The campaign against the “Four Pests” was initiated in 1958 as a hygiene campaign by Mao Zedong, who identified the need to exterminate mosquitoes, flies, rats, and sparrows. Sparrows – mainly the Eurasian tree sparrow – were included on the list because they ate grain seeds, robbing the people of the fruits of their labour. The masses of China were mobilized to eradicate the birds, and citizens took to banging pots and pans or beating drums to scare the birds from landing, forcing them to fly until they fell from the sky in exhaustion. Sparrow nests were torn down, eggs were broken, and nestlings were killed. Sparrows and other birds were shot down from the sky, resulting in the near-extinction of the birds in China. Non-material rewards and recognition were offered to schools, work units and government agencies in accordance with the volume of pests they had killed.
Some sparrows found refuge in the extraterritorial premises of various diplomatic missions in China. The personnel of the Polish embassy in Beijing denied the Chinese request of entering the premises of the embassy to scare away the sparrows who were hiding there and as a result the embassy was surrounded by people with drums. After two days of constant drumming, the Poles had to use shovels to clear the embassy of dead sparrows.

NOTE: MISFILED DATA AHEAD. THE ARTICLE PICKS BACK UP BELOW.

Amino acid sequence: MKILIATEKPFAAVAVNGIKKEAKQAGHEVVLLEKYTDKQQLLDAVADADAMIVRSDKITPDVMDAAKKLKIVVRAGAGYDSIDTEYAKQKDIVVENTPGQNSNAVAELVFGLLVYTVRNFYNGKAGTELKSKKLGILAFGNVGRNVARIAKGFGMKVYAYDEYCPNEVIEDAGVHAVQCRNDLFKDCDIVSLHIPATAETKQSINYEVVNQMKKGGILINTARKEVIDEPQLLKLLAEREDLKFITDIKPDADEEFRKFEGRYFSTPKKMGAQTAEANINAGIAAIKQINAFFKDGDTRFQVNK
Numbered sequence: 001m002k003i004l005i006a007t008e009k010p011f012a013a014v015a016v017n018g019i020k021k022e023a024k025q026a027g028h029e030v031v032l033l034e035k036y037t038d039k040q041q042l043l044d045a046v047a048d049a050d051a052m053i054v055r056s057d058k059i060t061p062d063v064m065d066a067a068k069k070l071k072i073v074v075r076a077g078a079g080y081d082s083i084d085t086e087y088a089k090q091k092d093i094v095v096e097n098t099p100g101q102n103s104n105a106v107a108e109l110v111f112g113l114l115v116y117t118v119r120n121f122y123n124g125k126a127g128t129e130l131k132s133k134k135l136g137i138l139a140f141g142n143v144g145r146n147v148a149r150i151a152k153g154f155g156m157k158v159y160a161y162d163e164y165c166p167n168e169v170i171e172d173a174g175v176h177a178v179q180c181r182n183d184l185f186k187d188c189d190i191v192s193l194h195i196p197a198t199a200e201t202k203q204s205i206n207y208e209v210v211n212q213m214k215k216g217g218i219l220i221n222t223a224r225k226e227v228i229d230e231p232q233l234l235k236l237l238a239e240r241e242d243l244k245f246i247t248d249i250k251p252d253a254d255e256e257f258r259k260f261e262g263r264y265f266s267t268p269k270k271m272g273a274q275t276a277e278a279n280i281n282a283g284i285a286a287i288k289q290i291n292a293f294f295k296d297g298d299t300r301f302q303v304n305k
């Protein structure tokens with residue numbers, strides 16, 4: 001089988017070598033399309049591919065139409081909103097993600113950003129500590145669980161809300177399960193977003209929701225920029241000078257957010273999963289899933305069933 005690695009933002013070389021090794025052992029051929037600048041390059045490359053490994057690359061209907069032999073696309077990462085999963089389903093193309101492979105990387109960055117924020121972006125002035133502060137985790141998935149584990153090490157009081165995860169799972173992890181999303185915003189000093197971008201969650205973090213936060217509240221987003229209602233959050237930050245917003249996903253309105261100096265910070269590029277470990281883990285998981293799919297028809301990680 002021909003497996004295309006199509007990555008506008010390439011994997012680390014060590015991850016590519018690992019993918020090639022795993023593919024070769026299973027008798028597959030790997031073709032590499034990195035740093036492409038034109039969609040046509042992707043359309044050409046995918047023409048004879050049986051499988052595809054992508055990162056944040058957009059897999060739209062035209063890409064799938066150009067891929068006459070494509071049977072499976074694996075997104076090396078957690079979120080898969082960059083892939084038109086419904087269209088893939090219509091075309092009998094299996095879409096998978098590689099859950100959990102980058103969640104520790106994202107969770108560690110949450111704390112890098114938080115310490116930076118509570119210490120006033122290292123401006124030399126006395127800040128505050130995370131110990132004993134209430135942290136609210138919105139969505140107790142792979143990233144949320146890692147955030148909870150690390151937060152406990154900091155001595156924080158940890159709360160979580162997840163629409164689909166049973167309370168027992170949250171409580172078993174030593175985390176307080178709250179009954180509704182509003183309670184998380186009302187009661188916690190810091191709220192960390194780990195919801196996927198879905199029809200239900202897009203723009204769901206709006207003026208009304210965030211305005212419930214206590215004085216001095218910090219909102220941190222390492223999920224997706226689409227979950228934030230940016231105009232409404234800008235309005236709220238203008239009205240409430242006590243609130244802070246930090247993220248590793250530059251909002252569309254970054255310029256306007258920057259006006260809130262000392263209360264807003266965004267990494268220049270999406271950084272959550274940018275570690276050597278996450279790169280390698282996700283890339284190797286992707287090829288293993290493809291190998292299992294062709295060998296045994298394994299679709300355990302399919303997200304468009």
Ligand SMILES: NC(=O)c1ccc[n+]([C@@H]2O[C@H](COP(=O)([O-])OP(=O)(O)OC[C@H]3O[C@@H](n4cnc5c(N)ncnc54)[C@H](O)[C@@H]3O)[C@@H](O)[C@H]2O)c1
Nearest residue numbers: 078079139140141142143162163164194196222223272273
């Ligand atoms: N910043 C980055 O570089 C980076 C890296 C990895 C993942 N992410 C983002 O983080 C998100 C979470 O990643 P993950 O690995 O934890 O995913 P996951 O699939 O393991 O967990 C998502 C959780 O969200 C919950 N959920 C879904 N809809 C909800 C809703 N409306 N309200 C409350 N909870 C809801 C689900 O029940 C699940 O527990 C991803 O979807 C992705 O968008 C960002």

By April 1960, Chinese leaders realized that sparrows ate a large amount of insects, as well as grains. Rather than being increased, rice yields after the campaign were substantially decreased. Mao ordered the end of the campaign against sparrows, replacing them with bed bugs in the ongoing campaign against the Four Pests. By this time, however, it was too late. With no sparrows to eat them, locust populations ballooned, swarming the country and compounding the ecological problems already caused by the Great Leap Forward, including widespread deforestation and misuse of poisons and pesticides. Ecological imbalance is credited with exacerbating the Great Chinese Famine, in which 20–45 million people died of starvation.